Adding and Removing Software Packages
When you add a software package, the pkgadd command decompresses and copies files from the installation media, such as the CD-ROM, to a local system's disk. When you use packages, files are delivered in package format and are unusable as they are delivered. The pkgadd command interprets the software package's control files and then decompresses the product files and installs them on the system's local disk.
You should know the following before installing additional application software:
Obtaining pkgid Information It's not always clear what the pkgid is for a particular software package or application until it is actually installed. Sometimes the release documentation that comes with the package will tell you the name of the pkgid. Other times you might need to call the vendor to get the pkgid information.
Use pkgrm To Remove Software When you remove a package, the pkgrm command deletes all the files associated with that package unless those files are also shared with other packages. If the files are shared with other packages, a system message will warn you of that fact, and you will be asked if you want to remove them anyway. Be sure you do not delete application software without using pkgrm. For example, some system administrators delete an application simply by removing the directory containing the application software. With this method, files belonging to the application that might reside in other directories are missed. With pkgrm, you'll be assured of removing all files associated with the application and not damaging installation of other packages.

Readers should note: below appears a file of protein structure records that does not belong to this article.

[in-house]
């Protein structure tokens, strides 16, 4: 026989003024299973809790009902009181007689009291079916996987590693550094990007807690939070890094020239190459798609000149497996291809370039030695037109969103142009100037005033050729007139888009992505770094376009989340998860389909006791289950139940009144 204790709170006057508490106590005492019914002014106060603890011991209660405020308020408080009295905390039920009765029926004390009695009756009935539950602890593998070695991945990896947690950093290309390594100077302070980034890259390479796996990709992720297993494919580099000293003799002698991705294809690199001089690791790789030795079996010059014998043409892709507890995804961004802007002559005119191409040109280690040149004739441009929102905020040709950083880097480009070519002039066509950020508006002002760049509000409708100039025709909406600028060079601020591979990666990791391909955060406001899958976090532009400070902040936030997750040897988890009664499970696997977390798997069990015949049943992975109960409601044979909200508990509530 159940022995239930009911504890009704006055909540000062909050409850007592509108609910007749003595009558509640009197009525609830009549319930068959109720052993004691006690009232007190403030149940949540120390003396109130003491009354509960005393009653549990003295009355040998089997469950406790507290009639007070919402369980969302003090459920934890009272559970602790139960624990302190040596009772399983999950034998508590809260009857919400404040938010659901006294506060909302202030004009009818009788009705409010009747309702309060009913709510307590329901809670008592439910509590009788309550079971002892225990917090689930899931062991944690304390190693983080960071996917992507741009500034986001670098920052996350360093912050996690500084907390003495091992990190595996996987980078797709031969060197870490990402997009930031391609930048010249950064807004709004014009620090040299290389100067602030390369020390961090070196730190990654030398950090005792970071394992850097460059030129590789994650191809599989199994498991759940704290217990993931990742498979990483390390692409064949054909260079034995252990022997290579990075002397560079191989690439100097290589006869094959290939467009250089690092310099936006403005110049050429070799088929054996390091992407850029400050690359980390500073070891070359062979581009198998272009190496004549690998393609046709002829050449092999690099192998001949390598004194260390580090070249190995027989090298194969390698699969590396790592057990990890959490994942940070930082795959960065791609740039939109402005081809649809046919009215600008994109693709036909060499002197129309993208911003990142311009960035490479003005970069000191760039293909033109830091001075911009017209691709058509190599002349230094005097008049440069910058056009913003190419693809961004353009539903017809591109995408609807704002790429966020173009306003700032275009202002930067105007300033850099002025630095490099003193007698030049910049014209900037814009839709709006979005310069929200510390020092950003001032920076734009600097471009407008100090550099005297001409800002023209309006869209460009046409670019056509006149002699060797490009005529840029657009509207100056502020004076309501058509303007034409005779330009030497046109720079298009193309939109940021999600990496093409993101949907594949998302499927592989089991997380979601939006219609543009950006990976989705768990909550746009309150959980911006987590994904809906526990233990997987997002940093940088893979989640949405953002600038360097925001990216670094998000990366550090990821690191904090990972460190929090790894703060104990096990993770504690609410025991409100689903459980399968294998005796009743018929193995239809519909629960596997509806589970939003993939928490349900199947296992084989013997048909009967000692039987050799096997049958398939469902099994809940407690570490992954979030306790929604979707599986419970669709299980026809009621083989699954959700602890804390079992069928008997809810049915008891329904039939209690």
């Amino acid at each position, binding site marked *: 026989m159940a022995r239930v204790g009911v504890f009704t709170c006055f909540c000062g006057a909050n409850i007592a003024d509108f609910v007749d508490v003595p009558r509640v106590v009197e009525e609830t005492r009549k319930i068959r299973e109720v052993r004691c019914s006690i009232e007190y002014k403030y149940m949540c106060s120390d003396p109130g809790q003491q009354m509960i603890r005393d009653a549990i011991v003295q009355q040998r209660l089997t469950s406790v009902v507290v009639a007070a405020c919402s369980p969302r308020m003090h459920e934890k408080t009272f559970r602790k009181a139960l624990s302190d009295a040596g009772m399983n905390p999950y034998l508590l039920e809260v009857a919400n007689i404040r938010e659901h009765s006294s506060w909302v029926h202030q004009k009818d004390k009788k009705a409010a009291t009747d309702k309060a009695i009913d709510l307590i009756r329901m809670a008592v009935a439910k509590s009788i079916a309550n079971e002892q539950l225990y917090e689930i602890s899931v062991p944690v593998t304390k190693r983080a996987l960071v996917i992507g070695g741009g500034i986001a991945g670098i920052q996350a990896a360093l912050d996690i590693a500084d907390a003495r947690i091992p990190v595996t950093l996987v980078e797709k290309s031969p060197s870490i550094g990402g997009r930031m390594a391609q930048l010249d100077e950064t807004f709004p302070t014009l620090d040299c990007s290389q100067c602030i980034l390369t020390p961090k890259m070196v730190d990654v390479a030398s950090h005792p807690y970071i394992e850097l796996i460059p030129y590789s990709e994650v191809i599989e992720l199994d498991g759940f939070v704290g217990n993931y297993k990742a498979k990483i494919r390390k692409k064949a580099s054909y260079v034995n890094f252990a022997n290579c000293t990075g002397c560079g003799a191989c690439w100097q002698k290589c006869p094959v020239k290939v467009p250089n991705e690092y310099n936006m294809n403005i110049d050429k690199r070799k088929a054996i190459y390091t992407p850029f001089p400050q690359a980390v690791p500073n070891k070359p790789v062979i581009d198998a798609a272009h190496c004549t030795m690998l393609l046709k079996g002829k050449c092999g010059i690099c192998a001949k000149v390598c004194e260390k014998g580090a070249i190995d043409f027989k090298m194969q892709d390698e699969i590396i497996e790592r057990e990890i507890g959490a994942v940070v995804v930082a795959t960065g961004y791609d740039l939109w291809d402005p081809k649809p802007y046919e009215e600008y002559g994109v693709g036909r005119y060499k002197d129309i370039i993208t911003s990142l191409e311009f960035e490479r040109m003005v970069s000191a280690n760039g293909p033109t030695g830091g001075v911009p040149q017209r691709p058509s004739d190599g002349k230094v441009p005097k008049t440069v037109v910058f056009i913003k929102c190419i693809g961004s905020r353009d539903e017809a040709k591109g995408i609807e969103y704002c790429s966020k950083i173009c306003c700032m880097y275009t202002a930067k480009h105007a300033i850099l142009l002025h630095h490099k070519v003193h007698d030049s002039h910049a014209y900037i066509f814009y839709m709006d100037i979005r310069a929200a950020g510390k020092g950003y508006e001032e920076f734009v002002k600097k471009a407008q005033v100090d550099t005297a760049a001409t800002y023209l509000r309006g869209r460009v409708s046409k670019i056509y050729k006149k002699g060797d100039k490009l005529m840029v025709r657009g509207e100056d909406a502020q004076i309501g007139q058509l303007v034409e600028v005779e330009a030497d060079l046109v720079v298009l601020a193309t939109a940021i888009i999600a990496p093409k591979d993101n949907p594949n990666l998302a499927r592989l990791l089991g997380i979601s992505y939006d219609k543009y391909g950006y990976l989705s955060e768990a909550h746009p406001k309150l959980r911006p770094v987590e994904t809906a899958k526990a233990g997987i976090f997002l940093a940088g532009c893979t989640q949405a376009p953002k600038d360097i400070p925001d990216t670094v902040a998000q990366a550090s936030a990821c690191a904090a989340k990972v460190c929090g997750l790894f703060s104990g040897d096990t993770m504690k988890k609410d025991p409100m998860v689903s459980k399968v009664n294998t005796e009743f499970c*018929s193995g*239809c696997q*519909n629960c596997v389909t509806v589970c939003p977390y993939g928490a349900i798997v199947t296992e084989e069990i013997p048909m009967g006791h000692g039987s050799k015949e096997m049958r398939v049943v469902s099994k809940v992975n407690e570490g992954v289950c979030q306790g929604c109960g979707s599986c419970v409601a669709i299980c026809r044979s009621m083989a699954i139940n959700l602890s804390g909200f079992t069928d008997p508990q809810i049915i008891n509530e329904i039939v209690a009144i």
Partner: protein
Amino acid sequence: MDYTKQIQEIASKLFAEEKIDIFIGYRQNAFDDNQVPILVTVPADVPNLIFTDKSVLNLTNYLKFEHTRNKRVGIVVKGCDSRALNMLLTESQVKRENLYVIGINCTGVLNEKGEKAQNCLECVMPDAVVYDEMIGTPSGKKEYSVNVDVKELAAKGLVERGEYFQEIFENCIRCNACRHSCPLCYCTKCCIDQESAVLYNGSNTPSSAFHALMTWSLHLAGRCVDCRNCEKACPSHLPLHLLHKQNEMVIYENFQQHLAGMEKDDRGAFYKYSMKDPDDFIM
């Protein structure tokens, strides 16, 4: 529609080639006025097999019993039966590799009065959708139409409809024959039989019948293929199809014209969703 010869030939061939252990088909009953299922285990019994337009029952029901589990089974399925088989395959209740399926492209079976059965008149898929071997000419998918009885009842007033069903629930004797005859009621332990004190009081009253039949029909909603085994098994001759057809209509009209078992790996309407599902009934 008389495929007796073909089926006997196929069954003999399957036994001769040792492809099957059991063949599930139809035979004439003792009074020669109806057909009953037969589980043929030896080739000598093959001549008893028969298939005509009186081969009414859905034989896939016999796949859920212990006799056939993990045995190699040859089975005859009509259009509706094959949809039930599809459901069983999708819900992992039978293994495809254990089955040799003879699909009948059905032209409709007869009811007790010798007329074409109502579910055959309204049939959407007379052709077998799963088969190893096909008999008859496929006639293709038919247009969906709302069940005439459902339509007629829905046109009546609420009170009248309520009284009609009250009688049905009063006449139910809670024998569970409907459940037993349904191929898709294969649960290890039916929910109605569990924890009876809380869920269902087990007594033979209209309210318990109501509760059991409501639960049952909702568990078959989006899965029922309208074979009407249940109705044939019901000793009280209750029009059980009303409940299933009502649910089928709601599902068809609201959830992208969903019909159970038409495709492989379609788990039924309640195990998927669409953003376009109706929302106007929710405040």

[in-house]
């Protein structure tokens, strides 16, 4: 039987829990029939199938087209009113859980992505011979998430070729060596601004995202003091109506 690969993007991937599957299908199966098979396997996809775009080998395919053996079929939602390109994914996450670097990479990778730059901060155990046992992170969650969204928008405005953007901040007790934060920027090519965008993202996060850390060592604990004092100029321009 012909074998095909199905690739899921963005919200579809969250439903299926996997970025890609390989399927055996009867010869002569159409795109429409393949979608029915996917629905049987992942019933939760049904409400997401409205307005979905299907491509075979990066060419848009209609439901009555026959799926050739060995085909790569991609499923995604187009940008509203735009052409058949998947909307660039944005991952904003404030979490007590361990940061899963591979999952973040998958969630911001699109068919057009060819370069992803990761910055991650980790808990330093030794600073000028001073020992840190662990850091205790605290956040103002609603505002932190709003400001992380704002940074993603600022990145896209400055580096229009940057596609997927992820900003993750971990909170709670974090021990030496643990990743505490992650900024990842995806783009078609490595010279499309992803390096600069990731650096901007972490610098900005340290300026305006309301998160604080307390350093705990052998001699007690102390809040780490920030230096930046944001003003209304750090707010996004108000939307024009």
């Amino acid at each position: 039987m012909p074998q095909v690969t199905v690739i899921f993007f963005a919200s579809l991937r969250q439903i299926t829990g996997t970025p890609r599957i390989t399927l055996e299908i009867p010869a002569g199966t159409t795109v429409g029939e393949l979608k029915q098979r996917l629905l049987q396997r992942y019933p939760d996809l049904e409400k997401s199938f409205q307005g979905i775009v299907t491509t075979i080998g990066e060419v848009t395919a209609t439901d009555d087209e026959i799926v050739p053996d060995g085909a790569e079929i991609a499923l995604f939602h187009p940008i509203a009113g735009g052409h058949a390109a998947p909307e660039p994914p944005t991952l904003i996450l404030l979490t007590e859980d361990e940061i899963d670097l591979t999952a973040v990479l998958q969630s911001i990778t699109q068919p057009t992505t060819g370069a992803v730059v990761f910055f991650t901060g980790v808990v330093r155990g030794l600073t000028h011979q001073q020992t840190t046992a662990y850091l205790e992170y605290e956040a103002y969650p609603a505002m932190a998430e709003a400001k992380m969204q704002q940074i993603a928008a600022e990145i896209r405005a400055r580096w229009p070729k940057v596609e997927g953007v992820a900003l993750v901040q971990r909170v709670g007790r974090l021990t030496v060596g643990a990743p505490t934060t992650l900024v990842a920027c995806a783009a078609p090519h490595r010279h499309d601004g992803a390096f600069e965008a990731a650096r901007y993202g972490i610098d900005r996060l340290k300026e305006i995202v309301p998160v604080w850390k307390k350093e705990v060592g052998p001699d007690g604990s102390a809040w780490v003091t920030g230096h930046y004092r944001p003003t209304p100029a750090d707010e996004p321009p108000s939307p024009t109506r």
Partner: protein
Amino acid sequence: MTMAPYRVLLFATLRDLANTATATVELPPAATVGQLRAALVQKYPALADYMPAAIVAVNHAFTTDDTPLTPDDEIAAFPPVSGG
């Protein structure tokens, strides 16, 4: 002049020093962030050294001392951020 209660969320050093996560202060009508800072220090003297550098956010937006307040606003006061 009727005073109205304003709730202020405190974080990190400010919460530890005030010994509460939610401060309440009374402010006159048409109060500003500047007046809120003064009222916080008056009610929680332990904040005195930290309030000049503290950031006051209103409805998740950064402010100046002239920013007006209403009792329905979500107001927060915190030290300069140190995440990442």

Although the pkgadd and pkgrm commands do not log their output to a standard location, they do keep track of the product installed or removed. The pkgadd and pkgrm commands store information in a software product database about a package that has been installed or removed. By updating this database, the pkgadd and pkgrm commands keep a record of all software products installed on the system.